These are the Telltale Signs of Tendonitis

Apr 03, 2023
These are the Telltale Signs of Tendonitis
Tendonitis is a common injury that can happen at any age. Prompt treatment is essential for preventing more serious problems that could lead to disability. Here’s what symptoms you should look for.

Tendonitis is a common medical problem, accounting for about a third of all doctor visits for musculoskeletal injuries. While tendon injuries of all types are more prevalent among athletes, they can happen to anyone. 

At Performance Foot & Ankle Specialists, LLCJoel S Segalman, DPM, FACFAS, FACFAO, and Stephen Lazaroff, DPM, FACFAS, offer several treatment options for people with tendonitis, tailoring each treatment plan to every patient’s unique needs. The symptoms you’re experiencing might be due to tendonitis - here’s how to tell:

Quick facts about tendonitis

Tendons are strong bands of tissue that connect muscles to bones. Tendonitis (or tendinitis) happens when a tendon becomes inflamed and irritated, often resulting from overuse and strain. Older people can be prone to tendonitis due to years of wear and tear on their tendons and joints.

Any tendon can develop tendonitis; however, it’s typically in the elbows, knees, heels, hips, shoulders, and the base of the thumb. Irritation often happens from repeated movement or overuse of a joint. High-impact activities, like running or jumping, are common causes of tendonitis in athletes.

Tennis elbow and golfer’s elbow are two examples of tendonitis that can happen with repeated movements — in this case, bending and extending the elbow over and over again. Achilles tendonitis is another common type, affecting the tendon that attaches your calf muscle to your heel bone.

Tendonitis symptoms to look for

Tendonitis symptoms can vary between people, depending on the severity of the tendon damage. They can also vary depending on the location of the affected tendon and your activity level.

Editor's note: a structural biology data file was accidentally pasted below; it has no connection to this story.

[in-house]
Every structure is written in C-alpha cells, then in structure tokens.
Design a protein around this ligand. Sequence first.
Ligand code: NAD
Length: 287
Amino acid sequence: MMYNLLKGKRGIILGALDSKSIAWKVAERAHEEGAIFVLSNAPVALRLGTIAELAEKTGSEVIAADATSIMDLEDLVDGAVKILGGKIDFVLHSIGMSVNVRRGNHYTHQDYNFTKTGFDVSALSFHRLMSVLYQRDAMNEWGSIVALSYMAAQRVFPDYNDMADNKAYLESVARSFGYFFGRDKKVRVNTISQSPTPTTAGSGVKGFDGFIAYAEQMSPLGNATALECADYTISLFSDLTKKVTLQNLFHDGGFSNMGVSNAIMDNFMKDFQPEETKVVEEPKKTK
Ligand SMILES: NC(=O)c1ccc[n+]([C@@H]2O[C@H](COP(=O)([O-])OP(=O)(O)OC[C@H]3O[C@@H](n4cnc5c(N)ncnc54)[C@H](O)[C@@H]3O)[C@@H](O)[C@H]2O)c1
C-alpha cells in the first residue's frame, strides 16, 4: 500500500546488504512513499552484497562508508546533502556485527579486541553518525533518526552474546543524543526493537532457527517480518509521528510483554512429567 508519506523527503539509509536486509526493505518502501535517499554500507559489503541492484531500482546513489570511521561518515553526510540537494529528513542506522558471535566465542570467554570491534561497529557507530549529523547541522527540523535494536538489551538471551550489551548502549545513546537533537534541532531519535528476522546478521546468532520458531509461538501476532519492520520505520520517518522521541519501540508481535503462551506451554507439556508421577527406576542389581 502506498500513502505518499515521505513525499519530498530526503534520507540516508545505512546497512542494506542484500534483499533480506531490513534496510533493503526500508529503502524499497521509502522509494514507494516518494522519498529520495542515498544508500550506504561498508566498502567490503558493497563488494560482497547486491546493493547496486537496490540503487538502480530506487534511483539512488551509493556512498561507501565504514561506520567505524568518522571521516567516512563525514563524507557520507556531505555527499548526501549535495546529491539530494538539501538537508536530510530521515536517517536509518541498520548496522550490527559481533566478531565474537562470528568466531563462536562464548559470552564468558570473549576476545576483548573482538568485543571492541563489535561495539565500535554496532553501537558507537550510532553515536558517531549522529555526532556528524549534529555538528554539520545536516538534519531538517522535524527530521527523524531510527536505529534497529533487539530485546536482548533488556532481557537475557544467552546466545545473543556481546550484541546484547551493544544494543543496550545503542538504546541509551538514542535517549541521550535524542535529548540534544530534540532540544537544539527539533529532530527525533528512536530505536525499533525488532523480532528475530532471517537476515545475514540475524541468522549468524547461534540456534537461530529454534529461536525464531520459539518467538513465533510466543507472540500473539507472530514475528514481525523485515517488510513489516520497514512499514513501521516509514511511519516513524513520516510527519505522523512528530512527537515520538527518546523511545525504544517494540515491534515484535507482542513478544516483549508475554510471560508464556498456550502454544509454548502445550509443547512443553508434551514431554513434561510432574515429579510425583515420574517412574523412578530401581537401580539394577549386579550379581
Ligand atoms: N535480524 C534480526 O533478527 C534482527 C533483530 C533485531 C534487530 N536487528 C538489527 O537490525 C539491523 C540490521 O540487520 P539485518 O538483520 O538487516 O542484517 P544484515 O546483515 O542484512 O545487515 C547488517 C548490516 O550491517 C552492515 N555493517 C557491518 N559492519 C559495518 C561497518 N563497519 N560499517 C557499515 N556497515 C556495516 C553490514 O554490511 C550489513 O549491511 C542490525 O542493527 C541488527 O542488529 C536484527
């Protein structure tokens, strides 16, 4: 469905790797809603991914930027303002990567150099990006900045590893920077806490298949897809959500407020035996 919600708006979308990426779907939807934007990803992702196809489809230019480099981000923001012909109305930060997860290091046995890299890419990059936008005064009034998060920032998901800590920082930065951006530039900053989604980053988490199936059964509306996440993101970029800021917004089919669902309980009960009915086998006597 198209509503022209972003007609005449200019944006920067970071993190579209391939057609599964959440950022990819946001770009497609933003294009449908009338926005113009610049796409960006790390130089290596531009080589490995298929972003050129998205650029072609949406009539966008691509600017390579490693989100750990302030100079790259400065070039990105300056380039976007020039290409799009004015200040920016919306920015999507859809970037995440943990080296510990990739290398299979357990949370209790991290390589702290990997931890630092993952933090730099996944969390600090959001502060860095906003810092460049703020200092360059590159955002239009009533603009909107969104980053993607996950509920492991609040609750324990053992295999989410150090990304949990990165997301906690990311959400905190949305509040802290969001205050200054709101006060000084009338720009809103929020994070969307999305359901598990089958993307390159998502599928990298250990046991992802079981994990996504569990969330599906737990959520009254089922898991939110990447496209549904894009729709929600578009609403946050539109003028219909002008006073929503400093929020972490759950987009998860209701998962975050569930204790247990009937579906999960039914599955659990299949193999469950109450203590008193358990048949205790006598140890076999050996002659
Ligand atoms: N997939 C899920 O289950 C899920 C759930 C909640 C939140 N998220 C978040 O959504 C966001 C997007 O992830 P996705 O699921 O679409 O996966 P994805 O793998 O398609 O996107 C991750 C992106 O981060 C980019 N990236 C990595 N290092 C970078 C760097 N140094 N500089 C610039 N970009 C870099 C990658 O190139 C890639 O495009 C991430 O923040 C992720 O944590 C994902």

Some of the most common symptoms include:

  • Pain and tenderness around the tendon
  • Swelling around the tendon
  • Pain that increases when moving the tendon

Many people experience a “grating” sensation when moving the tendon. This sensation, called crepitus, happens when the swollen tendon rubs against its protective sheath during movement.

Treating tendonitis

When a tendon is inflamed and irritated, it can develop tiny tears. Over time, the tendon can rupture, a serious condition that requires surgery to repair.

To prevent rupture, it’s important to treat tendonitis as soon as you notice the first symptoms. You can sometimes treat very mild cases of tendonitis with RICE: rest, ice, compression, and elevation. More advanced or complex cases may require other treatment, like:

  • Bracing a joint
  • Anti-inflammatory medicine
  • Steroid injections
  • Orthotics 
  • Extracorporeal pulse activation technology (EPAT)
  • Casting

Most people with tendonitis benefit from physical therapy to help relieve inflammation. By improving strength in the affected area, physical therapy may also help prevent future tendon problems.

Find relief for your painful symptoms

Tendonitis can make even simple activities unbearably painful, and the pain can worsen without treatment. To find out if your symptoms are due to tendonitis and how we can help, request an appointment online or over the phone today with the team at Performance Foot & Ankle Specialists for a consultation in our Waterbury or Newtown, Connecticut office.